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Analyses of the organic value chain in Ireland

Analyses of the organic value chain in Ireland

Dan Clavin & Dr Yan Jin, Teagasc led this research in which a value chain mapping approach was undertaken using organic administrative data to understand the structure of the organic value chain, examining the distribution of organic farms in relation to their production systems

This research also examined the distribution of organic farms in relation to the categories of animals produced.

High number of suckler farmers, few finishers and few tillage

The study shows a disproportionately high share of suckler producers who rear and wean beef calves, selling them through marts and farm-to-farm sales. Relatively few farms have the capacity (land, facilities, knowledge, technical capacity re legumes and organic cereal crops), to specialise in fattening or finishing animals for the meat market, while few tillage farmers have converted to organic production, which may result in supply gaps for organic winter forage.

In addition, organic processing capacity is limited with few dedicated organic cattle mart sales and processors within the primary organic production regions, leading to spatial value chain imbalances. The study confirms that these issues in combination result in ‘leakage’ of animals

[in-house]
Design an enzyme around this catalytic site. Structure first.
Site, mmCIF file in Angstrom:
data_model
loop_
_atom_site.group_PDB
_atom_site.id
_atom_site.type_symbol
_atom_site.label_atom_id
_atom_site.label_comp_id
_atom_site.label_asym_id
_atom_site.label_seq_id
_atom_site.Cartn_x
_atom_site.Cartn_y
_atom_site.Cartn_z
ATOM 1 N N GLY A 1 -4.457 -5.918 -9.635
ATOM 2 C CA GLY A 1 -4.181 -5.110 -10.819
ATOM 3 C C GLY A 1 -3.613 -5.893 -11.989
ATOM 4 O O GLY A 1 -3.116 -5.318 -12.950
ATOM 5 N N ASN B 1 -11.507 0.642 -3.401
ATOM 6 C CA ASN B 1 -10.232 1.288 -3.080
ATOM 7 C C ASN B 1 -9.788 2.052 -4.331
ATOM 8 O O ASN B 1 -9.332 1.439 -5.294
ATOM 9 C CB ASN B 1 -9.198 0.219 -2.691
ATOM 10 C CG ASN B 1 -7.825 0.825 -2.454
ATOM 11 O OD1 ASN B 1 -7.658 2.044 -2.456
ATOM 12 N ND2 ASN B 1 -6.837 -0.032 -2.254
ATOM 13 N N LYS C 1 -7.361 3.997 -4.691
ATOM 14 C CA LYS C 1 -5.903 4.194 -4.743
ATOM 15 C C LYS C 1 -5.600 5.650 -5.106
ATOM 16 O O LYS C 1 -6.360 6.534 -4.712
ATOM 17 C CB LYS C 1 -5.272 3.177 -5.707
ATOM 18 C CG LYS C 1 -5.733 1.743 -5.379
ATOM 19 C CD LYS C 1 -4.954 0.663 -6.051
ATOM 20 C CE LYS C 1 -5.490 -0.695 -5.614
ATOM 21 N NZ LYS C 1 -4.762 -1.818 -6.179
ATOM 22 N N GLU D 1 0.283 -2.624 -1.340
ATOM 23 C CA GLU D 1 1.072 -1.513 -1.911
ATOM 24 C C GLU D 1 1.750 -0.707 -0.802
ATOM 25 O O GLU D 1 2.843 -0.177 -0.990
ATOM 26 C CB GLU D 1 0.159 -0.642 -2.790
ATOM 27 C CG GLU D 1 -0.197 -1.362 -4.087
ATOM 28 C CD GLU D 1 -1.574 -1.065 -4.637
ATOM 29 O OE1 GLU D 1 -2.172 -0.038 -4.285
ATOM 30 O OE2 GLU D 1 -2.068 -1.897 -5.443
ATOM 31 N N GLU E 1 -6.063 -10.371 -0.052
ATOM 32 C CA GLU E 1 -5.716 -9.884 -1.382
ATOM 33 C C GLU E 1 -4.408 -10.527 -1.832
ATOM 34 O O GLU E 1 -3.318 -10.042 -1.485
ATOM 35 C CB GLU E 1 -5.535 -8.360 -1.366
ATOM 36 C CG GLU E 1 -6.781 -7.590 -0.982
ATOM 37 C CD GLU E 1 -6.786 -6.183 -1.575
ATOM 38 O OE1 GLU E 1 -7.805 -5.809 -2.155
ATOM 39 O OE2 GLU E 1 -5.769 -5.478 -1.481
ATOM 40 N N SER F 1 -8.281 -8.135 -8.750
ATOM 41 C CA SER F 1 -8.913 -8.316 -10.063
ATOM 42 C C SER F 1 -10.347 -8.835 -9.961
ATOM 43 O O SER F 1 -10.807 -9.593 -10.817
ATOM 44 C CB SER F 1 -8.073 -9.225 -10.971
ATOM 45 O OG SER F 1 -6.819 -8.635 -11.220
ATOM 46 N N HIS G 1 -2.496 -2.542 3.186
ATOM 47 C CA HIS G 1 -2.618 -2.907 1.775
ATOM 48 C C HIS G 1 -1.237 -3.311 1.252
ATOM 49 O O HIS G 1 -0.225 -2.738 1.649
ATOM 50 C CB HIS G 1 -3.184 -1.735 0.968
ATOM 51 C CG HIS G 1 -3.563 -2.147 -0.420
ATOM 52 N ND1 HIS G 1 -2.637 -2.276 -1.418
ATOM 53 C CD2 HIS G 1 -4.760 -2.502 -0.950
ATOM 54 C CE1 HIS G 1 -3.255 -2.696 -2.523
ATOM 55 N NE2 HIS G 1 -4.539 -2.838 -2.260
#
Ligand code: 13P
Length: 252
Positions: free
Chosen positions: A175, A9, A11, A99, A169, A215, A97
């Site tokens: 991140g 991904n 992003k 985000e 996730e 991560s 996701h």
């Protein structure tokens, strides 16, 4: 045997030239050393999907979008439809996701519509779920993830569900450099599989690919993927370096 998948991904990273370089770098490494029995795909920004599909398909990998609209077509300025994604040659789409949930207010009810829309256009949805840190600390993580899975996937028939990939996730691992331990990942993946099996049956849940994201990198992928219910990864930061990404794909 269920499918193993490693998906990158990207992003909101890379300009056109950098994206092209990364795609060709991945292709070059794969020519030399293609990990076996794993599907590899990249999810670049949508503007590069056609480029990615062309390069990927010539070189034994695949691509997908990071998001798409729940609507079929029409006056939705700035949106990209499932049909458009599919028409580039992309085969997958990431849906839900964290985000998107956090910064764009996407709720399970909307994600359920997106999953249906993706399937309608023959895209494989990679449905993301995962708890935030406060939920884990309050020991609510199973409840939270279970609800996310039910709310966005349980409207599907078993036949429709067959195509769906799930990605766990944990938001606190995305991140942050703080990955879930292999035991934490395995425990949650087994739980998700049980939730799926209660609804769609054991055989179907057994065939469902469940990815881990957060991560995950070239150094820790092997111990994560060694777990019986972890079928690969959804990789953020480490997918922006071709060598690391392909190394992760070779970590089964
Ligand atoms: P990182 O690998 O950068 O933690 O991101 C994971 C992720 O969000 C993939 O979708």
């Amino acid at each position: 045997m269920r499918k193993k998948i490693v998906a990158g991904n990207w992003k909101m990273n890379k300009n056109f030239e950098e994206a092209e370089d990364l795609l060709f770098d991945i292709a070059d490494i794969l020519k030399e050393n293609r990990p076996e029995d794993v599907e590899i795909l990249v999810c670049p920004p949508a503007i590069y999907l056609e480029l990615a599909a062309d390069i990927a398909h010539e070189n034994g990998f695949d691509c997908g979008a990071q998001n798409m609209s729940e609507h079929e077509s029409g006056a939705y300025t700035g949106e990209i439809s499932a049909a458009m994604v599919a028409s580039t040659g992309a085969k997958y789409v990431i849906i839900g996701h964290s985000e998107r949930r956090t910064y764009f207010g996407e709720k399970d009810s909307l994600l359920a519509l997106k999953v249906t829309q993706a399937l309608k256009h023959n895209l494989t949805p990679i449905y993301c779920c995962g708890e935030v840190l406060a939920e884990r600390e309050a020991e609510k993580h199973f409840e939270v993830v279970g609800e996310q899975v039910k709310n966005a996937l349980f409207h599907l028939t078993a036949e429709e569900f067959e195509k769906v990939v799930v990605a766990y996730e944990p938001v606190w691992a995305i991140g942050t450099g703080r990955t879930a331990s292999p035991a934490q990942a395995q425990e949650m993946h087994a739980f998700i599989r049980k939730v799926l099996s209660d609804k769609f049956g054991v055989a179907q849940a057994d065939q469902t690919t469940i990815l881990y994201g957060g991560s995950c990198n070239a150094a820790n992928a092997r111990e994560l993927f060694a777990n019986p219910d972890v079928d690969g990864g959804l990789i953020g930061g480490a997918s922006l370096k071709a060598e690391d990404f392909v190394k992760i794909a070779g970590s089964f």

from the organic to the non-organic beef system.


Organic leakage

Deeper analysis undertaken in the H2020 LIFT project quantified the level of organic leakage as 17% in 2015. However, leakage rate varies, as it depends on the livestock finishing capacity, feed prices, animal sale prices and processing capacity in any given year.
Further LIFT analysis examines the economic impact of this leakage, showing that the organic value chain generates higher value than the conventional.
These analyses provide a basis to work with industry partners to consider institutional solutions to improve the effectiveness of the organic value chain to match unspecialised farms with finishers in better agronomic regions, spatially optimising the development of production, processing and sales.

This article is taken from the Underpinning Organics - Abstracts of Selected Teagasc Research booklet

Find out more by registering for the Growing Organics webinar taking place today at 2pm